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How can We Protect the Coral Reefs Ecosystem?

The inventions like the “WasteShark” by Dutch company RanMarine and FRED by the US-based organization Clear Blue Sea are a few examples that have proved to be both efficient and easy ways of cleaning water bodies. The company has received funding from EASME based in Belgium and Rajat Khare’s Boundary Holding.

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Juan Sanchez Gil
Juan Sanchez Gil
Juan Sanchez Gil - at The European Times News - Mostly in the back lines. Reporting on corporate, social and governmental ethics issues in Europe and internationally, with emphasis on fundamental rights. Also giving voice to those not being listened to by the general media.

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Coral Reefs Ecosystem – Approximately 14 per cent of the world’s corals have been lost since 2009, according to the “Status of Coral Reefs of the World 2020” report, a quantitative analysis of a global dataset spanning from 1978 to 2019. According to Gabriel Grimsditch, United Nations Environment Programme (UNEP) marine ecosystems expert, “Coral reefs are one of the most sensitive ecosystems globally to the ravages of human activities,”

Despite covering less than 10% of the ocean, coral reefs are home to over 9 million species, about a fourth of all marine life, for food, shelter, and even for predators to hunt. Fish, invertebrates, birds, and megafauna including sharks, sea turtles, and marine mammals are among the species found on coral reefs. The conservation of coral reefs should be a global priority and apt measures should be implemented as soon as possible.

Coastal development, dredging, quarrying, destructive fishing practices and gear, boat anchors and groundings add to the factors leading to the destruction of coral reefs.

Most reefs in the world also suffer from poor water quality. Upon entering the ocean, polluted water carries sediment into the ocean. The sediment can smother coral reefs by blocking out the sunlight that corals require to grow. Poor water quality also makes it hazardous for the various living organisms in the habitat.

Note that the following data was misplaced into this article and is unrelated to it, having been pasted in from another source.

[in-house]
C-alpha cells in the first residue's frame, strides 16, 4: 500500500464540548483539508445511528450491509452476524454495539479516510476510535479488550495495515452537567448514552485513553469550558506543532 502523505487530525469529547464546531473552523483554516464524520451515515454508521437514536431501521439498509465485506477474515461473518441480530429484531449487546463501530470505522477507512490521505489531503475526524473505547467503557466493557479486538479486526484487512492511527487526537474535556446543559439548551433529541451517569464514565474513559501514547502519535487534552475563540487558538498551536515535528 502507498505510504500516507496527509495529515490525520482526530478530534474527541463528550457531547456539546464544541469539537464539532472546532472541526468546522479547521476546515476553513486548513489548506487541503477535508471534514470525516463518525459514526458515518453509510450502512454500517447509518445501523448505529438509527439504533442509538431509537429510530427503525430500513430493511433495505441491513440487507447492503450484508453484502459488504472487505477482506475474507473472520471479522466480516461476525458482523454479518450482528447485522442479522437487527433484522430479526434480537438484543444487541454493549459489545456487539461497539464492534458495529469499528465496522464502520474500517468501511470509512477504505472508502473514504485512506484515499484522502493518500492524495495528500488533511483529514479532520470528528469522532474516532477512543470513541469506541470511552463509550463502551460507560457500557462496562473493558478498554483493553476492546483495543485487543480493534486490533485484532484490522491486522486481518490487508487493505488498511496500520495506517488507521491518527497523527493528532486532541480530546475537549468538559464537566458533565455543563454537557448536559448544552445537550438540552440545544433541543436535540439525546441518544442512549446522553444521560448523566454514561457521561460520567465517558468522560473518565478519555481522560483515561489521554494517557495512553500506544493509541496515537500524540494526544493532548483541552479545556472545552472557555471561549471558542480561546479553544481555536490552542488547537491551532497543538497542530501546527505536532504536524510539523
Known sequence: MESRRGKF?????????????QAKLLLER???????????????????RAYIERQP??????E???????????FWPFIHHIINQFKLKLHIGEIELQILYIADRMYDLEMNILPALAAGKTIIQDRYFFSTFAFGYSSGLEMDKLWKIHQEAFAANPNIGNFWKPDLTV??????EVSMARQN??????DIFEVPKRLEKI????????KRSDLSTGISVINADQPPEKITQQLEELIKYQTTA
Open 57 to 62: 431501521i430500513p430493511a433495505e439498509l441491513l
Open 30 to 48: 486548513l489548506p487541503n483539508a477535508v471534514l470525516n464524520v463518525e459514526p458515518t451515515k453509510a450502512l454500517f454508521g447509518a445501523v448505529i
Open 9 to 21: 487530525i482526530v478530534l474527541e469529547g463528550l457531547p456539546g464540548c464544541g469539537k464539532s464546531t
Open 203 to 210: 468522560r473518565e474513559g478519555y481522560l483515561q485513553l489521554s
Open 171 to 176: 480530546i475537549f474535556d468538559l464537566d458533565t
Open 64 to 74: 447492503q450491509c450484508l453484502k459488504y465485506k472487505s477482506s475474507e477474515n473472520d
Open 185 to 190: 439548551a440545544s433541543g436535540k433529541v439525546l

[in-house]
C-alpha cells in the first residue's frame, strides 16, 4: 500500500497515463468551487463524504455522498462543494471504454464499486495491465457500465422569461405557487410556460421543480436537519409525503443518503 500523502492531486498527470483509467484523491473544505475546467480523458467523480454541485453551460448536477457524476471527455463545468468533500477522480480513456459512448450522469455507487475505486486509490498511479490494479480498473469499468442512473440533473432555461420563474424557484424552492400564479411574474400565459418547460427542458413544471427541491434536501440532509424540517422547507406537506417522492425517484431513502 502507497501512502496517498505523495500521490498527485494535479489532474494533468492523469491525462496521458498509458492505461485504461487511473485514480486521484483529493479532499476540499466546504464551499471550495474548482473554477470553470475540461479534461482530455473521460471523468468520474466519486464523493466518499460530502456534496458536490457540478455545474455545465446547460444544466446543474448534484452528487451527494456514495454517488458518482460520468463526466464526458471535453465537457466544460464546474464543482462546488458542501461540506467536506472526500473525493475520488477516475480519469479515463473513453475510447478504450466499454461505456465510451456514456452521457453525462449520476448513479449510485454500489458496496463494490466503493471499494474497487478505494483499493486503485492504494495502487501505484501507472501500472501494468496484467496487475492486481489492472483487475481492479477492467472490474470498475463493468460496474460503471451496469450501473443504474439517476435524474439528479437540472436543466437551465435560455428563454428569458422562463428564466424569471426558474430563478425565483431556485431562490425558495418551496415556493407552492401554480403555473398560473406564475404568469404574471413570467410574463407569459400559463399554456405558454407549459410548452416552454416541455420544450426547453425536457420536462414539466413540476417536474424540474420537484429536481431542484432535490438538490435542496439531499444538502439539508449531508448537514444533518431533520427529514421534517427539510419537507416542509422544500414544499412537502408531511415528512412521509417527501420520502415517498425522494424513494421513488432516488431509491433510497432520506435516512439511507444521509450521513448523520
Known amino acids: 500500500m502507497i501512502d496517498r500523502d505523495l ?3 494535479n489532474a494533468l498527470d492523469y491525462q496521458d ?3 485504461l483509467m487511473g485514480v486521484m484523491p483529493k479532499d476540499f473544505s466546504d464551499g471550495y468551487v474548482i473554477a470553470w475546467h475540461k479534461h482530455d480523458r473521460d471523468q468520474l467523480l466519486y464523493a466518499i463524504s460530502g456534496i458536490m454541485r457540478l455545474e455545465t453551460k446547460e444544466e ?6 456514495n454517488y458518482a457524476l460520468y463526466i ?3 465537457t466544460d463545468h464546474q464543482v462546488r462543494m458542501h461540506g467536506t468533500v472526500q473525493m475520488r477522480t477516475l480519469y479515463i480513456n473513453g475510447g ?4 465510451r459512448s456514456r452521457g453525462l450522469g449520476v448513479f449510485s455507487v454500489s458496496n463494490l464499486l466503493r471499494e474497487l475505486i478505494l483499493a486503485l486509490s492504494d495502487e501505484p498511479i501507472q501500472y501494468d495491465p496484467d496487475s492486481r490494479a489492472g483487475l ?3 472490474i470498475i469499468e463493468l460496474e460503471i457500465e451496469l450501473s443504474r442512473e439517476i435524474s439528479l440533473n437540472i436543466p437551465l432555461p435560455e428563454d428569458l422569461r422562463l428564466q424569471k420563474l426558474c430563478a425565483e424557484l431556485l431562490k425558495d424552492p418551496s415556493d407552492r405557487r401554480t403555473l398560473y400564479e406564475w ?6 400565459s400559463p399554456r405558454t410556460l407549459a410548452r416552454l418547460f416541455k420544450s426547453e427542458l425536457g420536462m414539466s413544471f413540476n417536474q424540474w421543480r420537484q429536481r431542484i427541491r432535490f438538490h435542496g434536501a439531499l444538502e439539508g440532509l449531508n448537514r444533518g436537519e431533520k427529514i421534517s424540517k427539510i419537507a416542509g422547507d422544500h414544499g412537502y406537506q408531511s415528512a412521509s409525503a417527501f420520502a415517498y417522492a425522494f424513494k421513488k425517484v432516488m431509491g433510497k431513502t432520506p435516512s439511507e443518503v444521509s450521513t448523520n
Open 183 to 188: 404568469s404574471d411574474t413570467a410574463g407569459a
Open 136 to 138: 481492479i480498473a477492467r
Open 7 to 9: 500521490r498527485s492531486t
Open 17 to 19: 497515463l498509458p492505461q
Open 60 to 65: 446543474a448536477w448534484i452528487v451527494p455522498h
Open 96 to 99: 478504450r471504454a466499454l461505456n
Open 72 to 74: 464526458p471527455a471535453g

The importance of clean water bodies has been emphasized time and again and these facts and figures just add a little more evidence to support it. Right now we need a lot more effort than just creating awareness. What we need is the adaptation of efficient and innovative ways that can help us to keep the oceans clean and thus create a clean habitat for the coral reefs to flourish.  The inventions like the “WasteShark” by Dutch company RanMarine and FRED by the US-based organization Clear Blue Sea are a few examples that have proved to be both efficient and easy ways of cleaning water bodies.

The WasteShark, according to RanMarine, is designed for in-shore applications, where garbage and biomass tend to gather. When compared to competing options, WasteShark provides a simple and effective method of capturing floating garbage. Ranmarine was founded in 2015 by Richard Hardiman. The company has received funding from EASME based in Belgium and Rajat Khare’s Boundary Holding. The above-mentioned points can just be a part of the complete solution, the other major part being the active participation of people, organisations and governments. From making minor changes in the ways of disposing of trash to choosing the use of eco-friendly fertilizers we can contribute in a lot of ways. “Climate action and reduction of localized threats must go hand-in-hand if we want coral reefs to survive for future generations to enjoy and benefit from them,” says Grimsditch.

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